Telco. Edge. And that story about supermarkets…

August 28, 2020 - David Hovey

David Hovey, Executive Director Core Products, discusses why the edge is critical for the successful roll out and implementation of 5G


[ ĕj ]. The border or part adjacent to the line of division; the beginning or early part

Each and every one of us define our own personal worlds in terms of ‘edges’, they delimit the boundaries of our physical geography – where we live, work or go on our [only too seldom] holidays. We also use the term to describe the limits of our knowledge and experiences, our personal capabilities, our patience – even our likes and dislikes.

Telco operators are busy rolling out 5G RAN technologies – let’s call this their ‘RAN edge’ – in order to start or advance their journeys (and therefore ours) into providing the most ubiquitous coverage and highest capacity they can muster.

3GPP 5G standards have offered up to our industry truly transformational ‘on-paper’ capabilities that completely redefine any previous understanding of what the ‘art of the possible’ was on a 4G mobile network. Those neon signs in our minds glow with “20x higher bandwidth than 4G”, “10x increase in device density”, and my favourite … “25x lower latency than 4G”.

Let’s go back to our Telco operators deploying 5G. The RAN stands out – by its very nature – as being ‘at the Edge’. It is devised to serve all of us – as humans using devices like smartphones and connected watches, or as inanimate embedded units that we all know as the ‘IoT’. Is there anything else in the traditional Telco operator that could be also considered as being ‘at the Edge’? The reality is – yes – but only by necessity. All that RAN needs transport – Ethernet, IP, Optical, Microwave – you name it. That all exists in a series of concentric ‘Edges’ that end up bringing all this traffic back into, yes, you guessed it … not the Edge!

If we borrow that dictionary again, the antonym of ‘Edge’ could be ‘Middle’, ‘Center’ or ‘Interior’. In our industry, we call it the ‘Core’ – and it’s very existence and continuity has made perfect sense – we had to drive economies of scale by housing racks upon racks of custom, dedicated hardware drinking hard on the highly resilient -48VDC power in an environment as cool as the cocktails on that holiday we mentioned earlier.

Something new is happening with 5G. It is no longer just about ubiquitously serving the masses, the huge potential human and inanimate markets mentioned above… All those AR/VR examples we keep reading about, the IIoT replete with real-time robotics, and 5G integration into our physical real-time world of autonomous driving and flying. Those applications are all at the Edge.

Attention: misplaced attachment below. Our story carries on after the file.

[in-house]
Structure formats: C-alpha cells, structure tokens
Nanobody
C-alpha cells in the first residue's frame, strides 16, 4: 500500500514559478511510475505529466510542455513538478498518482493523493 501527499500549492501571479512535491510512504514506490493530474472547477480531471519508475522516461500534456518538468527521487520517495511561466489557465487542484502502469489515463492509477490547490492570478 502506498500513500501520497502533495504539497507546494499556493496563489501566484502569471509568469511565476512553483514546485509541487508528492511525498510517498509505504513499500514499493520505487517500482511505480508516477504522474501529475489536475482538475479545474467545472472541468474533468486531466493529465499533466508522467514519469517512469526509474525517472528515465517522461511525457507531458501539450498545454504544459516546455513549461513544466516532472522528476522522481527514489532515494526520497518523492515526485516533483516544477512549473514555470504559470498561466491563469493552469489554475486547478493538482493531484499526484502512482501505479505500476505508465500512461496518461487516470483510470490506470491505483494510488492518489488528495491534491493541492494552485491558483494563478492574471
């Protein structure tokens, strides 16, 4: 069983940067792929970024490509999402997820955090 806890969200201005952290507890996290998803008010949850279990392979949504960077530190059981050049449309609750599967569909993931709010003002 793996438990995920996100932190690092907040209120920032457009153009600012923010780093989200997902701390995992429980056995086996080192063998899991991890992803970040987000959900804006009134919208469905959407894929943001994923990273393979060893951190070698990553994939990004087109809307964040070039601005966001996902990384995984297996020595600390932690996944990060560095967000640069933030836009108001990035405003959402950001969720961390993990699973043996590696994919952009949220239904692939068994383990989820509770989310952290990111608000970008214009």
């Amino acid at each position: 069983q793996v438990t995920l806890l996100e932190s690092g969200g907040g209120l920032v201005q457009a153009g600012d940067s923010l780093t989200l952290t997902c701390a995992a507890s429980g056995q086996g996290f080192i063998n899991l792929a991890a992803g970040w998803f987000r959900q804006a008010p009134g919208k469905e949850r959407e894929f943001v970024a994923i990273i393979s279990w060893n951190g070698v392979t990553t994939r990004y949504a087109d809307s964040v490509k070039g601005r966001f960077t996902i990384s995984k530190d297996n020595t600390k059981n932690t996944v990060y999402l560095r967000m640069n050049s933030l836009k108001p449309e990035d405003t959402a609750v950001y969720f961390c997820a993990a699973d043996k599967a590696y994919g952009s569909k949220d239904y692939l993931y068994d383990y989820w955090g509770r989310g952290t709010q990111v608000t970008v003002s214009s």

The only way that the numbers promised within 5G can actually become real, is to shake up our history – our Telco core – and start to push it out selectively to that edge. To where the action is happening, to the Enterprise customers who are making AR/VR real – to the manufacturing facilities wanting to sweat 5G to its fullest potential for their robotic assembly lines.

Truly Cloud Native – and by this, I do not mean just ‘Cloud Ready’ – 5G Core network functions allow this selective distribution of key components to the Edge.

This whole principle is very much proven in the world occupied by the hyperscale cloud vendors, where the notion of ‘Cloud’ is having its architecture and propositions very busily redesigned to also be available at various levels of ‘Cloud Edge’. These are competing to be integrated all the way into the Enterprise customers who have embedded Cloud into the very success of their business.

Executing with exactly the same ‘Edge’ logic is the only way 5G can deliver on being what it is intended to be. Transformational.

Let’s think how the supermarket industry evolved. They realized that – whilst still running a perfectly valid model having their ‘cores’ serving huge customer volumes – there was a widening gap of expectation vs experience. So we see the creation and selective distribution of local ‘Edge’ integrated mini-versions of the same supermarkets into a parallel world that serves the low-latency, high speed needs of their market segments ‘at the Edge’. Think of big-brand local ‘express’ supermarkets, and the very same integrated into local petrol stations – and remember this blog next time you need to nip out as quickly as possible to get that vital missing ingredient or bottle of something to celebrate the end of the week!


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